The Pacifique family is much like any other. Enjoying meals together, working, and going to school, their daily routines are the same as millions of other Americans. However, their journey to create this life was far from ordinary and often a journey to survive.
Their journey started in the Democratic Republic of Congo. However, the war in Congo, sometimes known as the Great African War or Second Congo War, is why the Pacifique family fled to Zambia in 2000. Over 5.4 million people died in this conflict, many from starvation and disease.
Zambia was dangerous as well, says Amuor Pacifique. The family was attacked shortly after arriving. Amour and his father were beaten and his mother was killed. They managed to escape and fled to a United Nations office to apply for refugee status.
They then found a safer area in Zambia to settle, and began to make the best of their situation. Years passed, and Amuor was able to find work. He started driving a truck and was able to make a living, and eventually able to go back to school for a business degree.
Life was still difficult, but the family was surviving. Everything changed, though, when the family was selected to resettle to the United States, beginning a process that in many cases takes several years while families wait in difficult circumstances.
I visited the Pacifique family in their five bedroom semi-detached rental home in Lancaster, Pennsylvania, just one month after they arrived in the United States. We were scheduled to meet at 3 p.m. and I arrived to find them eating. I apologized for coming when they were having a meal but they asked me to sit with them at the table and gave me a large plate of goat stew and rice. They wanted me to share their meal.
As we talked, they discussed the challenges and hurdles they had to overcome in their first month. When the family first arrived in the United States the children became sick as they were not accustomed to American food or diet, but they quickly found ways to prepare more traditional meals.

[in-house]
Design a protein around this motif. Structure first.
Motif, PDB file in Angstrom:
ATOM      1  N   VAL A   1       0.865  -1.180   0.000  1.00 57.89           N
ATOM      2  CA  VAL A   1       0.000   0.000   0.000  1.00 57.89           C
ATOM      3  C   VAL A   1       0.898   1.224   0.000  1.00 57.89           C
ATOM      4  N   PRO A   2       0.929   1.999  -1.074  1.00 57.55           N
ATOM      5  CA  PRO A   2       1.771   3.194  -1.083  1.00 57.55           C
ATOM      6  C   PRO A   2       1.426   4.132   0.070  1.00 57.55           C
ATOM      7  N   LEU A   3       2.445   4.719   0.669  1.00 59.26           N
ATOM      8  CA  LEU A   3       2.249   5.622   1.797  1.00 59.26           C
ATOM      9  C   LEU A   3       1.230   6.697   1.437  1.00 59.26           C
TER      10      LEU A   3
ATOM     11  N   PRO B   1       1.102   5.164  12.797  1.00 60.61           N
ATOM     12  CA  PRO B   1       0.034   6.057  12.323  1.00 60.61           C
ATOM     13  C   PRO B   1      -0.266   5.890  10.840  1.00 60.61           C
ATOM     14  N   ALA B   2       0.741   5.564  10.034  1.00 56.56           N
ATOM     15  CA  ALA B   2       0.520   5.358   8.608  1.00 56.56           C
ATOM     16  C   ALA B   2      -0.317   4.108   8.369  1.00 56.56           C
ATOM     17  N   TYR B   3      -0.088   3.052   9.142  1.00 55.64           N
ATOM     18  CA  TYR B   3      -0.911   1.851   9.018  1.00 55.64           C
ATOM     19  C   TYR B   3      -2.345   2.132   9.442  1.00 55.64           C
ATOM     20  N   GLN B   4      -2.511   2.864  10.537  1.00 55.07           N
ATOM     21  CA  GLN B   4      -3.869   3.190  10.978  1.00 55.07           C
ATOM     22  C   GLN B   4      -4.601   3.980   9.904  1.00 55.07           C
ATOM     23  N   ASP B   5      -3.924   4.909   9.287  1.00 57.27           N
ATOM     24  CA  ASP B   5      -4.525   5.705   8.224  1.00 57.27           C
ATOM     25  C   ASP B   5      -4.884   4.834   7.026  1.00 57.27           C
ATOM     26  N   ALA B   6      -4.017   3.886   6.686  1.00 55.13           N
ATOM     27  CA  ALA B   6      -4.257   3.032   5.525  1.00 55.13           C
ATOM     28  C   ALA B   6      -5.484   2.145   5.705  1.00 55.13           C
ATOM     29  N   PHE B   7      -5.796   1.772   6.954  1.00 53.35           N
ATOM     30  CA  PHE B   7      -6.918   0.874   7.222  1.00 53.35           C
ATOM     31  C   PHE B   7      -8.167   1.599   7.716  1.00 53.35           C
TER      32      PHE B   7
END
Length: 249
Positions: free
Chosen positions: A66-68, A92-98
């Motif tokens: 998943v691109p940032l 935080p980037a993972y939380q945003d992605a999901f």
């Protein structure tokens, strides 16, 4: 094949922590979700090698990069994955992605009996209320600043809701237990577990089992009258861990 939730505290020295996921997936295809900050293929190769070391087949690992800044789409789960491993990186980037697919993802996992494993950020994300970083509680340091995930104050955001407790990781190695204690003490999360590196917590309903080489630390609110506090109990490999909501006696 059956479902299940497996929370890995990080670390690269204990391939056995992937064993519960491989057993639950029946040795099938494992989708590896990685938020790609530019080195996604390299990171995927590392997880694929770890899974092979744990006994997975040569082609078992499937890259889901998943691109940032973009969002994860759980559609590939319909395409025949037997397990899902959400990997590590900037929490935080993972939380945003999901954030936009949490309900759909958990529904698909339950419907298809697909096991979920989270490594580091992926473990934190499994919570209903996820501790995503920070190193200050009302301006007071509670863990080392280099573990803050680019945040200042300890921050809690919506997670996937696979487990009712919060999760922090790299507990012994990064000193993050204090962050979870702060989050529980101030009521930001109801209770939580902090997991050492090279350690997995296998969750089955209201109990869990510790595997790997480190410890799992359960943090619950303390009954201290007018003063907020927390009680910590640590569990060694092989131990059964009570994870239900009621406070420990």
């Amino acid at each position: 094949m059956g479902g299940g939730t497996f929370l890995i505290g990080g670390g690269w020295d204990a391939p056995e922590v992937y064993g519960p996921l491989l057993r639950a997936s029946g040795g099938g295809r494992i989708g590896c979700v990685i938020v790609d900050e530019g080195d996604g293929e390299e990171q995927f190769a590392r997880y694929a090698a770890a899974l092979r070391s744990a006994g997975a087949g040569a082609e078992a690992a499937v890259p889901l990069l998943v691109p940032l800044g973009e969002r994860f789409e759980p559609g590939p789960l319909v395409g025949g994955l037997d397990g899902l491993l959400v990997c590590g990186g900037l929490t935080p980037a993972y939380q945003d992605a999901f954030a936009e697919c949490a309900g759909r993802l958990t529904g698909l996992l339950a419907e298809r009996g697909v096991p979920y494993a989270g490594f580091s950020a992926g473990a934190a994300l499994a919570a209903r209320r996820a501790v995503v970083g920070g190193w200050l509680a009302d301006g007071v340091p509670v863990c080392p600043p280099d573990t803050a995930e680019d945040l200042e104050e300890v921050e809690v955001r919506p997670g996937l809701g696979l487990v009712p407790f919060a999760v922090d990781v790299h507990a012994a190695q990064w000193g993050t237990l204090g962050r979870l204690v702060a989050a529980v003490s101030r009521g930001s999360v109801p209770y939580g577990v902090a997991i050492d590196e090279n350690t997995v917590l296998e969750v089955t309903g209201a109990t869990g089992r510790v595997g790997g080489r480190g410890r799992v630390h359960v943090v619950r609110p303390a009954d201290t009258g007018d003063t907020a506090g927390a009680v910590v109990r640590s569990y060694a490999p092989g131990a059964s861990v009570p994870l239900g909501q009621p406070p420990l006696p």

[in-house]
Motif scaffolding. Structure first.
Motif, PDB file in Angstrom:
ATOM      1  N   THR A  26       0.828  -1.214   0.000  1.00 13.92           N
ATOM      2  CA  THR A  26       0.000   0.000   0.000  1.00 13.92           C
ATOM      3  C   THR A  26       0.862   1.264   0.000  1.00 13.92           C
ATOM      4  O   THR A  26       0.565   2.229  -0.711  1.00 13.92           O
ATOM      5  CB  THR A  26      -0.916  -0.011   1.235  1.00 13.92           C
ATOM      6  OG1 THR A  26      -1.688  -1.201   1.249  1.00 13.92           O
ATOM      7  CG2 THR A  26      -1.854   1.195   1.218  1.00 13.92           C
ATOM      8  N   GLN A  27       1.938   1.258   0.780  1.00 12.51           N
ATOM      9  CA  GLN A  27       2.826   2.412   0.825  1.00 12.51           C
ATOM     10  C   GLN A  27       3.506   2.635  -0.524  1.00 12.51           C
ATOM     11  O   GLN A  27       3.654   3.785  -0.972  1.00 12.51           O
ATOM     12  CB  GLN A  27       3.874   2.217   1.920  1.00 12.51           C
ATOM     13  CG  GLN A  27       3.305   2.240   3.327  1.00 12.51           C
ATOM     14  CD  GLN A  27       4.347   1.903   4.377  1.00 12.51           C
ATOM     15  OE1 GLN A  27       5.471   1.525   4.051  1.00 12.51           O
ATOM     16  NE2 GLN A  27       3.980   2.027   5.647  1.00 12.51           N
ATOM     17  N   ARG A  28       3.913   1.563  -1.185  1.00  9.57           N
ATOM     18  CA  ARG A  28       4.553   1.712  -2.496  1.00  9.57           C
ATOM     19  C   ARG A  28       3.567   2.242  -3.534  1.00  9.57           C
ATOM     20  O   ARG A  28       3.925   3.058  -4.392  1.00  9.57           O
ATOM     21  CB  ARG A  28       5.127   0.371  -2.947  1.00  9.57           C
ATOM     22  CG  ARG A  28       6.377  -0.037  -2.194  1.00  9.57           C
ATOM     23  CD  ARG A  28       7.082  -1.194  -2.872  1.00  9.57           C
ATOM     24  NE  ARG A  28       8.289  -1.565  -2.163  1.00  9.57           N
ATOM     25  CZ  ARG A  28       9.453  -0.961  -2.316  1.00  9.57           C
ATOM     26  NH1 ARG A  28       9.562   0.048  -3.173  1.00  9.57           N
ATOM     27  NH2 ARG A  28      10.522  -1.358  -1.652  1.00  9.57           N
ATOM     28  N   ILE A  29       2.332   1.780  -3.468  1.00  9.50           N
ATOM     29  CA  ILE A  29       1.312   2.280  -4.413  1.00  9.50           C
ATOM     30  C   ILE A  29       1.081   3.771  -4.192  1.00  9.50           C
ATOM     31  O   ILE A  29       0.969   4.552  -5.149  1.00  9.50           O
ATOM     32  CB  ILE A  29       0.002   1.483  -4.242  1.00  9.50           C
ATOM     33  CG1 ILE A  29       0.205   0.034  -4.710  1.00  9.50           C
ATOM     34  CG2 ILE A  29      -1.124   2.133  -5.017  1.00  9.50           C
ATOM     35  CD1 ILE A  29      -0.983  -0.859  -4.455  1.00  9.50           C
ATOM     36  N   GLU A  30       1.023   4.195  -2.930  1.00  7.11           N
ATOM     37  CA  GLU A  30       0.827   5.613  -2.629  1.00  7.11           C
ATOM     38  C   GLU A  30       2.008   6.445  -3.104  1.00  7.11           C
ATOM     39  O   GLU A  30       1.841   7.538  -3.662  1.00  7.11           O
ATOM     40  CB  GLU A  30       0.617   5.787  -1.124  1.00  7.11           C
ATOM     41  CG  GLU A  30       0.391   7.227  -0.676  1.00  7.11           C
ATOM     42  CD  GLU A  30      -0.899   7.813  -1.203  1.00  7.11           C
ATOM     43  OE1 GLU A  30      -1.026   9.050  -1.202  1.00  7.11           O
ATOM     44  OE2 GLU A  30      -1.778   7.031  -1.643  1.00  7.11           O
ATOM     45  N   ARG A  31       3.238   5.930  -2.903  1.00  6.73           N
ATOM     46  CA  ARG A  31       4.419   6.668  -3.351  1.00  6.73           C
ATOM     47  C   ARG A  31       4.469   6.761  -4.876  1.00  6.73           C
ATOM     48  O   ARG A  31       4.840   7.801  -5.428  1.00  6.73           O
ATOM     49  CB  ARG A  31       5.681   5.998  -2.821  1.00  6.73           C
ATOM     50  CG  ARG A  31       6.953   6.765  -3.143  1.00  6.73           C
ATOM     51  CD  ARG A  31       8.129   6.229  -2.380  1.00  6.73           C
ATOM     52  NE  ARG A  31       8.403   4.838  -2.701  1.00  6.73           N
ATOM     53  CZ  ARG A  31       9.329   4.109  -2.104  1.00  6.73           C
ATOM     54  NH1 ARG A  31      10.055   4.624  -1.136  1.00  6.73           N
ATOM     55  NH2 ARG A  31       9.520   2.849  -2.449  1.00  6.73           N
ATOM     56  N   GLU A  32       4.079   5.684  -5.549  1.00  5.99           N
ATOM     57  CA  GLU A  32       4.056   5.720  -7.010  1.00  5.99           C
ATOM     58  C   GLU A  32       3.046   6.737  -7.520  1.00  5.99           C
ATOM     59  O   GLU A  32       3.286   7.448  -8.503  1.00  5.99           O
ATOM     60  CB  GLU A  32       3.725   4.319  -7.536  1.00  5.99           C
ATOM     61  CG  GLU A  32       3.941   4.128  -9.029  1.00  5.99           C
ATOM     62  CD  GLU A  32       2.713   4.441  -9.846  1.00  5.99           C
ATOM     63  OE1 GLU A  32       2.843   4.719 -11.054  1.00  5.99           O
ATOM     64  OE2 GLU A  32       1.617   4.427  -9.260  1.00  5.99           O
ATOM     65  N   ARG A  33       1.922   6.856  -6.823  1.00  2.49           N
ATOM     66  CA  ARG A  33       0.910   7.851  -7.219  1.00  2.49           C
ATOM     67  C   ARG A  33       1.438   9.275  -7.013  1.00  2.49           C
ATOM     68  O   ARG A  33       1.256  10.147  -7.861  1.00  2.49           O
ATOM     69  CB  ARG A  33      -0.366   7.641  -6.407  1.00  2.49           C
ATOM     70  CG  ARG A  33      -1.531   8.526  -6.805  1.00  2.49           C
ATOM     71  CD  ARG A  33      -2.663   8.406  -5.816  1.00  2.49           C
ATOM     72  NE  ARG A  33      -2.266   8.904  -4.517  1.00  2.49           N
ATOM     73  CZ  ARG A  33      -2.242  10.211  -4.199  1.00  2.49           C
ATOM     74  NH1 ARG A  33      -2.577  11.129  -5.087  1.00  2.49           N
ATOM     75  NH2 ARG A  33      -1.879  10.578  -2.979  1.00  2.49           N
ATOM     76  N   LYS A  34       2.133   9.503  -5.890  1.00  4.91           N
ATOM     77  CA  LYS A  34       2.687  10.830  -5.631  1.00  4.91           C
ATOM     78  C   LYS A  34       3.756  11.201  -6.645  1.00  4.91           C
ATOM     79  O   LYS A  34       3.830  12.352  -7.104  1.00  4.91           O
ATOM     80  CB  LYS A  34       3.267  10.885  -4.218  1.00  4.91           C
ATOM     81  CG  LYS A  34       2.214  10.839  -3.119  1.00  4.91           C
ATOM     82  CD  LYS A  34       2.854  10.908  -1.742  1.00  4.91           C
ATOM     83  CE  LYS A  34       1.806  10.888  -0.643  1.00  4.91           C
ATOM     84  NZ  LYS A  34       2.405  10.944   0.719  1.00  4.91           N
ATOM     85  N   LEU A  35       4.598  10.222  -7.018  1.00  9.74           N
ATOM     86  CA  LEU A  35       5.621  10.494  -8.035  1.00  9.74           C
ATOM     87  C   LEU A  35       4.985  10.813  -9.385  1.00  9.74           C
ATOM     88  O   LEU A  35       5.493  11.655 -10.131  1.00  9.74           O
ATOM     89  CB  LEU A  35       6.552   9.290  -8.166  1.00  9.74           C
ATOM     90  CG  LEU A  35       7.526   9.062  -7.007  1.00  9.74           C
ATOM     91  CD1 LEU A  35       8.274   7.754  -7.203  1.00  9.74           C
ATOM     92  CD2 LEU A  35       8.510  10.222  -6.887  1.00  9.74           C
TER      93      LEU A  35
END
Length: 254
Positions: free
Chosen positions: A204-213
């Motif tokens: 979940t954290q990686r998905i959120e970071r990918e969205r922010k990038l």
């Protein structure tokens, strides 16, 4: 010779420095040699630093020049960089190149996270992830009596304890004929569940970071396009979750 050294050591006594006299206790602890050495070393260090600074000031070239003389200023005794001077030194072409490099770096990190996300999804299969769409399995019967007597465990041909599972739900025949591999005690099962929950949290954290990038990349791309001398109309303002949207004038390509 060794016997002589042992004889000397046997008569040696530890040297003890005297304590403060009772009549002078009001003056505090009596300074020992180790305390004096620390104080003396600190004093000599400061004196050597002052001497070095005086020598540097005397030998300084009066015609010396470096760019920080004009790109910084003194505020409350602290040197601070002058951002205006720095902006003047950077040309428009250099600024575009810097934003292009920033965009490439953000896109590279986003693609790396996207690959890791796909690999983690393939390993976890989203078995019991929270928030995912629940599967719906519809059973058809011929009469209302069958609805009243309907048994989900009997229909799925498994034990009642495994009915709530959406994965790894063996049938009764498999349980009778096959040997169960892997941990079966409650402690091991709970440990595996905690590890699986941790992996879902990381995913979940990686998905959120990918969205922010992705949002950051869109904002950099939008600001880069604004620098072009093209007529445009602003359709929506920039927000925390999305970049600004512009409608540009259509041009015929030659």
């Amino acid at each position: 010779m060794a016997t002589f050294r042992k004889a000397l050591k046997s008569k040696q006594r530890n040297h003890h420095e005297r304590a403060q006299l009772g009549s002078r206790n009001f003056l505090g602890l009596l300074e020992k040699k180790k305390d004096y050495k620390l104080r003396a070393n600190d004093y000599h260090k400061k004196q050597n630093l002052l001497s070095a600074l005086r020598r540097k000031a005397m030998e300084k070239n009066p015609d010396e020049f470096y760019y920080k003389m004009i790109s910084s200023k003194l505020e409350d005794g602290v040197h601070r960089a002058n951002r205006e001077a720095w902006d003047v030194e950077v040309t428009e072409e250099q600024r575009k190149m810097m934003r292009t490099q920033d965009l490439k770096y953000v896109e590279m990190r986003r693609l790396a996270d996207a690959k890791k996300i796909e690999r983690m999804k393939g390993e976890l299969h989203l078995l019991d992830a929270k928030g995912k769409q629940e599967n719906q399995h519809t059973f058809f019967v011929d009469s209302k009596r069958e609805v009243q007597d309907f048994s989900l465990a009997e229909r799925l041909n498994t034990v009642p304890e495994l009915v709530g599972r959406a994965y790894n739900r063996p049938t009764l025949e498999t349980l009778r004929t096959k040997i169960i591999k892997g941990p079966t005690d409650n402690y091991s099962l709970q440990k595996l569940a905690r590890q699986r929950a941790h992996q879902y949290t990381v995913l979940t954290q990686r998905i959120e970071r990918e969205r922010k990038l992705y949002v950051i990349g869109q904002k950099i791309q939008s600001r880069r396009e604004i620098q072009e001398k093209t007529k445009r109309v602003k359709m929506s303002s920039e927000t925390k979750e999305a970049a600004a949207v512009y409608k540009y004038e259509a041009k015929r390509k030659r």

Another major difference that they encountered in their first month in the U.S., was the American emphasis on timeliness and dependence on clocks. “Everything is attached to a ‘time’ of day,” Amour said. “Appointments to see the doctor, the case manager, work – everything happens and ends at an exact minute!”
I asked him what they miss about their life in Congo. “Nothing,” he said emphatically.
Altogether the family is comprised of 13 people, two extended families living in one home and excited about the opportunities that their new life brings. Three already have jobs, the children are enrolled in and love school, and they all seem to exude optimism for the future.
CWS resettled the Pacifique family in Lancaster and helped them with a place to live, employment, support from the area faith community, doctor appointments and school enrollment for the children. CWS Kits, Emergency Cleanup Buckets and Blankets were provided to help them meet their immediate needs of keeping their new home clean with blankets on their beds to keep them warm in winter.
Omar, their CWS case manager, reviewed with Amuor’s father, Jean De Dieu, how to use the provided envelopes to pay rent. The landlord’s name was already on the envelope and Omar explained that “you need to get stamps and put a stamp in this corner.” I reached into my wallet and gave Omar a stamp so that he could show Jean how to post the rent – another small part of surviving in the U.S.
I asked both men what they would like to be doing in a year. “I want a house,” Amuor said quickly, “I want to own a part of this country – this is now my country and I want a part of it.” Jean said he would like some land to farm.
The children were arriving home from school as we were finishing our time together. I asked for a chance to get a picture and an impromptu gathering of some the family occurred on the front porch of their home, with the children using CWS cleaning buckets as stools!
My final question to Amour was, “What do you want people to know about your journey to the United States?”
After pausing for only a second he said, “It took too long to get here!”
Story and photos by Patrick Walker, a Senior Community Engagement Specialist with CWS in Pennsylvania.